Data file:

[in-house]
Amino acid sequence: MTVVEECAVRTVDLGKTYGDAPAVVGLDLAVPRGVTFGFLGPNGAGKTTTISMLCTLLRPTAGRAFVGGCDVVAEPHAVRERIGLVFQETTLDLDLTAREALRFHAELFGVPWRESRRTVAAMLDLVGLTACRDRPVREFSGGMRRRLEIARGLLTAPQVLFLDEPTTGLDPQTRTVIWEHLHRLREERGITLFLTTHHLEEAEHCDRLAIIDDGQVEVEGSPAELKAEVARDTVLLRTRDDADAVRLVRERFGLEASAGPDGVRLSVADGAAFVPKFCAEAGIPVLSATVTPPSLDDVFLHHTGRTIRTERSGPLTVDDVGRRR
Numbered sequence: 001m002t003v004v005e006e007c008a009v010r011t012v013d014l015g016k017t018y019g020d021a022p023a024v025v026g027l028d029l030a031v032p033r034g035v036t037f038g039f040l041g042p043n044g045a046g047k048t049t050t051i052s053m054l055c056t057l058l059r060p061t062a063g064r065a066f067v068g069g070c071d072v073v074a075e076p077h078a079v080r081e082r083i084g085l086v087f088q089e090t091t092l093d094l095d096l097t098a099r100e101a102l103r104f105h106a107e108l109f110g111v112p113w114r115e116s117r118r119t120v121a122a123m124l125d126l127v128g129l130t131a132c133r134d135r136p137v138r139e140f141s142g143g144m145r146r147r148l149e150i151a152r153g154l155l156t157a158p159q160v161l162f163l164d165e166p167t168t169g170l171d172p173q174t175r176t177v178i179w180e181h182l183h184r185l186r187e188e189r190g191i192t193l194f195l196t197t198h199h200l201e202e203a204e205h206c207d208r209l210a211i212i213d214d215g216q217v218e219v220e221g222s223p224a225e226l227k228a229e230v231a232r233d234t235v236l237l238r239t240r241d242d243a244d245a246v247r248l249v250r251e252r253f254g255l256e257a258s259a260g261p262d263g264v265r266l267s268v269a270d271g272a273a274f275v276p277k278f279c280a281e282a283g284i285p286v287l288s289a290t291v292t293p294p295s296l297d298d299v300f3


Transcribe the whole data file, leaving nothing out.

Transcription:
[in-house]
Amino acid sequence: MTVVEECAVRTVDLGKTYGDAPAVVGLDLAVPRGVTFGFLGPNGAGKTTTISMLCTLLRPTAGRAFVGGCDVVAEPHAVRERIGLVFQETTLDLDLTAREALRFHAELFGVPWRESRRTVAAMLDLVGLTACRDRPVREFSGGMRRRLEIARGLLTAPQVLFLDEPTTGLDPQTRTVIWEHLHRLREERGITLFLTTHHLEEAEHCDRLAIIDDGQVEVEGSPAELKAEVARDTVLLRTRDDADAVRLVRERFGLEASAGPDGVRLSVADGAAFVPKFCAEAGIPVLSATVTPPSLDDVFLHHTGRTIRTERSGPLTVDDVGRRR
Numbered sequence: 001m002t003v004v005e006e007c008a009v010r011t012v013d014l015g016k017t018y019g020d021a022p023a024v025v026g027l028d029l030a031v032p033r034g035v036t037f038g039f040l041g042p043n044g045a046g047k048t049t050t051i052s053m054l055c056t057l058l059r060p061t062a063g064r065a066f067v068g069g070c071d072v073v074a075e076p077h078a079v080r081e082r083i084g085l086v087f088q089e090t091t092l093d094l095d096l097t098a099r100e101a102l103r104f105h106a107e108l109f110g111v112p113w114r115e116s117r118r119t120v121a122a123m124l125d126l127v128g129l130t131a132c133r134d135r136p137v138r139e140f141s142g143g144m145r146r147r148l149e150i151a152r153g154l155l156t157a158p159q160v161l162f163l164d165e166p167t168t169g170l171d172p173q174t175r176t177v178i179w180e181h182l183h184r185l186r187e188e189r190g191i192t193l194f195l196t197t198h199h200l201e202e203a204e205h206c207d208r209l210a211i212i213d214d215g216q217v218e219v220e221g222s223p224a225e226l227k228a229e230v231a232r233d234t235v236l237l238r239t240r241d242d243a244d245a246v247r248l249v250r251e252r253f254g255l256e257a258s259a260g261p262d263g264v265r266l267s268v269a270d271g272a273a274f275v276p277k278f279c280a281e282a283g284i285p286v287l288s289a290t291v292t293p294p295s296l297d298d299v300f3